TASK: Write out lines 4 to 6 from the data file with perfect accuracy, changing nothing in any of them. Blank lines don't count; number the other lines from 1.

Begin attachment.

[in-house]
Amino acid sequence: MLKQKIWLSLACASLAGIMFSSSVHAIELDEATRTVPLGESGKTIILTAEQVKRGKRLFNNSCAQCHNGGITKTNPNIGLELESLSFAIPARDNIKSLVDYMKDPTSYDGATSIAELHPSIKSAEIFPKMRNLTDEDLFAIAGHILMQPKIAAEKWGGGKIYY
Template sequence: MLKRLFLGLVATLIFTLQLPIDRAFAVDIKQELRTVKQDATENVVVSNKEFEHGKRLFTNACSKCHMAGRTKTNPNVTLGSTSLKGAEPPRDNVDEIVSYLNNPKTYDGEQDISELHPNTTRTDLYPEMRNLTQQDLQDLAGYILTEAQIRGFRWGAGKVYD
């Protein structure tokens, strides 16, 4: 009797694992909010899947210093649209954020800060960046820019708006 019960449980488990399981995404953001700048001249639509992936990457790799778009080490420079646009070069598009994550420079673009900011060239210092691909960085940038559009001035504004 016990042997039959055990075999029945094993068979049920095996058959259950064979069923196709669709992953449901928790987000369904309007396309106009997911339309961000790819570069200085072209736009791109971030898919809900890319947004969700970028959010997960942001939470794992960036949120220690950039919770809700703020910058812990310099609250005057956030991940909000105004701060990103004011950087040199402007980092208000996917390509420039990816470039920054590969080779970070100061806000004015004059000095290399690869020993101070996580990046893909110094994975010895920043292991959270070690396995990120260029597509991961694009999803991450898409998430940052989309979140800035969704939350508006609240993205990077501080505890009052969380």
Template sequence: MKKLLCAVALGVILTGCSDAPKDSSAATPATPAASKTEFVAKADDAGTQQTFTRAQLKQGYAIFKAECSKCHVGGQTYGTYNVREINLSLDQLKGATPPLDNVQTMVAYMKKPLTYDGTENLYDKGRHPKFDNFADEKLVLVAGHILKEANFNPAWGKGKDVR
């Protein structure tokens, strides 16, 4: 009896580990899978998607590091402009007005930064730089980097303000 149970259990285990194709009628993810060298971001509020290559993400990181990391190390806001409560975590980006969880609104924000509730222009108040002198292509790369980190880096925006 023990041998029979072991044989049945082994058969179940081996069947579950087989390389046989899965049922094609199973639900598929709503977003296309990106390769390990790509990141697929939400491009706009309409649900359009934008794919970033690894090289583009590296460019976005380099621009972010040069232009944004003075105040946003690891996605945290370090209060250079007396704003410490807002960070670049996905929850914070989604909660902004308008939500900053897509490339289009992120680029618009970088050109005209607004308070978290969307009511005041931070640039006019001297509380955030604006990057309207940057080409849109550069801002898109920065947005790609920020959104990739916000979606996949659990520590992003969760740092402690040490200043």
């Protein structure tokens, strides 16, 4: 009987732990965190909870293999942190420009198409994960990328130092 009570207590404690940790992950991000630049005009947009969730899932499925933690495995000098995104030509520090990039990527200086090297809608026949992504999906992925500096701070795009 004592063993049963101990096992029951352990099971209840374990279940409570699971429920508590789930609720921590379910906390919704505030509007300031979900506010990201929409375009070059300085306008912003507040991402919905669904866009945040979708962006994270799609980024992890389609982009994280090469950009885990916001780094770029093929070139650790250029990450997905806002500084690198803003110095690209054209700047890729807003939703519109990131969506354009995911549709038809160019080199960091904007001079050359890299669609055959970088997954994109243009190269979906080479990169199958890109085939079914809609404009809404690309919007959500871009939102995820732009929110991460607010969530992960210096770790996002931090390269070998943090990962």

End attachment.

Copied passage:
């Protein structure tokens, strides 16, 4: 009797694992909010899947210093649209954020800060960046820019708006 019960449980488990399981995404953001700048001249639509992936990457790799778009080490420079646009070069598009994550420079673009900011060239210092691909960085940038559009001035504004 016990042997039959055990075999029945094993068979049920095996058959259950064979069923196709669709992953449901928790987000369904309007396309106009997911339309961000790819570069200085072209736009791109971030898919809900890319947004969700970028959010997960942001939470794992960036949120220690950039919770809700703020910058812990310099609250005057956030991940909000105004701060990103004011950087040199402007980092208000996917390509420039990816470039920054590969080779970070100061806000004015004059000095290399690869020993101070996580990046893909110094994975010895920043292991959270070690396995990120260029597509991961694009999803991450898409998430940052989309979140800035969704939350508006609240993205990077501080505890009052969380």
Template sequence: MKKLLCAVALGVILTGCSDAPKDSSAATPATPAASKTEFVAKADDAGTQQTFTRAQLKQGYAIFKAECSKCHVGGQTYGTYNVREINLSLDQLKGATPPLDNVQTMVAYMKKPLTYDGTENLYDKGRHPKFDNFADEKLVLVAGHILKEANFNPAWGKGKDVR
């Protein structure tokens, strides 16, 4: 009896580990899978998607590091402009007005930064730089980097303000 149970259990285990194709009628993810060298971001509020290559993400990181990391190390806001409560975590980006969880609104924000509730222009108040002198292509790369980190880096925006 023990041998029979072991044989049945082994058969179940081996069947579950087989390389046989899965049922094609199973639900598929709503977003296309990106390769390990790509990141697929939400491009706009309409649900359009934008794919970033690894090289583009590296460019976005380099621009972010040069232009944004003075105040946003690891996605945290370090209060250079007396704003410490807002960070670049996905929850914070989604909660902004308008939500900053897509490339289009992120680029618009970088050109005209607004308070978290969307009511005041931070640039006019001297509380955030604006990057309207940057080409849109550069801002898109920065947005790609920020959104990739916000979606996949659990520590992003969760740092402690040490200043």